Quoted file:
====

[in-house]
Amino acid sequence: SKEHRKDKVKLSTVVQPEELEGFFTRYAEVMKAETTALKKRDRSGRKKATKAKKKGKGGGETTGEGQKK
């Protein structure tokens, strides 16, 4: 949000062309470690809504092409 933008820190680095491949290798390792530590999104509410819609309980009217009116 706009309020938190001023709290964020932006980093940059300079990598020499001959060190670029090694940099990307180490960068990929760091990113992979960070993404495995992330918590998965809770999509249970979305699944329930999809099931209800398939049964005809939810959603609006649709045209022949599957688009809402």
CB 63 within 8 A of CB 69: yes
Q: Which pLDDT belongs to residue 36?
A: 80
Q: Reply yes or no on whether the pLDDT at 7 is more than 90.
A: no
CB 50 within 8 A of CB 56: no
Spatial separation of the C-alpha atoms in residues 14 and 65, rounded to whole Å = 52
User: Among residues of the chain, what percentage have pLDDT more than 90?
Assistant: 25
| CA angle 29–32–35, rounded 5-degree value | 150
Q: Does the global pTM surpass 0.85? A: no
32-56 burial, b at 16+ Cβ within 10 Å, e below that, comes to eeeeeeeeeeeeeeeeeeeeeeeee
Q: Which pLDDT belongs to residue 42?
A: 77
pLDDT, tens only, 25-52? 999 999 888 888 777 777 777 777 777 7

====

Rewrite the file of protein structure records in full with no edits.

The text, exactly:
[in-house]
Amino acid sequence: SKEHRKDKVKLSTVVQPEELEGFFTRYAEVMKAETTALKKRDRSGRKKATKAKKKGKGGGETTGEGQKK
């Protein structure tokens, strides 16, 4: 949000062309470690809504092409 933008820190680095491949290798390792530590999104509410819609309980009217009116 706009309020938190001023709290964020932006980093940059300079990598020499001959060190670029090694940099990307180490960068990929760091990113992979960070993404495995992330918590998965809770999509249970979305699944329930999809099931209800398939049964005809939810959603609006649709045209022949599957688009809402």
CB 63 within 8 A of CB 69: yes
Q: Which pLDDT belongs to residue 36?
A: 80
Q: Reply yes or no on whether the pLDDT at 7 is more than 90.
A: no
CB 50 within 8 A of CB 56: no
Spatial separation of the C-alpha atoms in residues 14 and 65, rounded to whole Å = 52
User: Among residues of the chain, what percentage have pLDDT more than 90?
Assistant: 25
| CA angle 29–32–35, rounded 5-degree value | 150
Q: Does the global pTM surpass 0.85? A: no
32-56 burial, b at 16+ Cβ within 10 Å, e below that, comes to eeeeeeeeeeeeeeeeeeeeeeeee
Q: Which pLDDT belongs to residue 42?
A: 77
pLDDT, tens only, 25-52? 999 999 888 888 777 777 777 777 777 7